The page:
WASHINGTON — Sen. Rand Paul, R-Ky., is filing a ‘class-action’ lawsuit Wednesday challenging a National Security Agency’s surveillance program.
Represented by former Virginia attorney general, and failed gubernatorial candidate, Ken Cuccinelli, Paul filed his suit at 11 a.m. in the U.S. District Court for the District of Columbia.
Paul’s lawsuit is the latest to challenge NSA surveillance, but it’s the first to be filed by a member of Congress. It also seeks to distinguish itself as a class-action lawsuit, on behalf of many U.S. residents. Ultimately, a judge will decide whether to certify the case as a class action or not.
“I expect this case to go all the way to the Supreme Court, and I predict the American people will win,” Paul said.
Various courts have, to date, come to different conclusions about the NSA surveillance program that scoops up bulk telephone and email data. One federal judge determined last December that the mass data collection was likely to be unconstitutional; another judge, in a different case, concluded otherwise.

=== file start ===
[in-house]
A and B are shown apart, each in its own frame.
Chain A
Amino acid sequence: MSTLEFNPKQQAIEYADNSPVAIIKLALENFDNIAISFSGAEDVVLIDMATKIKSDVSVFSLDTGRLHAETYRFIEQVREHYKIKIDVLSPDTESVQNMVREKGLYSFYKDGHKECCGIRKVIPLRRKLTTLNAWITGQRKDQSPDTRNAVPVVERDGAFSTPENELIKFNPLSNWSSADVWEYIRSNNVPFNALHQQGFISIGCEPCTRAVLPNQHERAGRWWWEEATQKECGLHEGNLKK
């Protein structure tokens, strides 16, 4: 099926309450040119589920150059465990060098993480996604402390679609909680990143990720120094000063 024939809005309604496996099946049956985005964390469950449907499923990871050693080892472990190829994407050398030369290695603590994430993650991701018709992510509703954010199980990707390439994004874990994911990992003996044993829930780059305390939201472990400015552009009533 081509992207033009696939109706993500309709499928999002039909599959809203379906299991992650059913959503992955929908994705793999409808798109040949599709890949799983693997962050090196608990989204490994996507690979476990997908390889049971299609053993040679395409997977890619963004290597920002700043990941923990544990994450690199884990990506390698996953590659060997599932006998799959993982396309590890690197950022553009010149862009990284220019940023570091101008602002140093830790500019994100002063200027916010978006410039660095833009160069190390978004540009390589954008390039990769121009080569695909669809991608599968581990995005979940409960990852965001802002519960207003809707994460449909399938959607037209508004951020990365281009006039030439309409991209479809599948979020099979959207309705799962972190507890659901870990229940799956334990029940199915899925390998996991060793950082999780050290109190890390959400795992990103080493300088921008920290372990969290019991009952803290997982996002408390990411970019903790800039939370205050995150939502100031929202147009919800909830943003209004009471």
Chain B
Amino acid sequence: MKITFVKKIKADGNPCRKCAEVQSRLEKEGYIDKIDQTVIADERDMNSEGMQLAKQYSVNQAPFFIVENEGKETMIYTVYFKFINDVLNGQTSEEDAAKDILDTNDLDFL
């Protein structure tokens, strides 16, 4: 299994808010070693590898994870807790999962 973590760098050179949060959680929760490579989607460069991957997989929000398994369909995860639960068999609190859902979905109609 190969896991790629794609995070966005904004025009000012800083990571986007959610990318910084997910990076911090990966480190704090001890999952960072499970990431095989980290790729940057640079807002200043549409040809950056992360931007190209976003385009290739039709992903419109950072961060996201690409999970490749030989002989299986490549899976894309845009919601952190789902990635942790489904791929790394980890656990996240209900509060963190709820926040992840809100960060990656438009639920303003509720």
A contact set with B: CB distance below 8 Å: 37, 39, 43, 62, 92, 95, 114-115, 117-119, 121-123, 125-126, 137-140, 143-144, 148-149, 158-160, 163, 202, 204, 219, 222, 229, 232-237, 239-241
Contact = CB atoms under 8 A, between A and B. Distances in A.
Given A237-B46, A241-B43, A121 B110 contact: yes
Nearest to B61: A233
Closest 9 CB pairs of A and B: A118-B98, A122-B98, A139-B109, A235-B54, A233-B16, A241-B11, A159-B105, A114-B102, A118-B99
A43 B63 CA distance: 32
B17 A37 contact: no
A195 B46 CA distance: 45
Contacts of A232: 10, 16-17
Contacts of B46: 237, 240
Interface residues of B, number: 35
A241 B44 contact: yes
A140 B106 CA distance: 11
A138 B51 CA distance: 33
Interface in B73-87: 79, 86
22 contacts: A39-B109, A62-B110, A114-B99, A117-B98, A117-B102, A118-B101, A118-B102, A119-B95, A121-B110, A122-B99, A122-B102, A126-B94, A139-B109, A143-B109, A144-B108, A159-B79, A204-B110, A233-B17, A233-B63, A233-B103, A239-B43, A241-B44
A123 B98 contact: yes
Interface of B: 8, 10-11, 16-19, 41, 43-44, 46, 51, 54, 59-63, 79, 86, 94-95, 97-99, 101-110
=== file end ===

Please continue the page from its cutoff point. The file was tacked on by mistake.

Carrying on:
The lawsuit names President Barack Obama and several top national security officials as defendants.
Members of Congress do not have a great track record in challenging executive actions in court. Among other hurdles, they must overcome the issue of standing, which includes demonstrating they have suffered actual harm. There also is a judicial predilection not to interfere with political matters to overcome.
In 2011, for instance, then-Rep. Dennis Kucinich, D-Ohio, and other lawmakers made a brief splash by suing Obama over what they called an “illegal war” against Libya. Four months later, the case was quietly dismissed.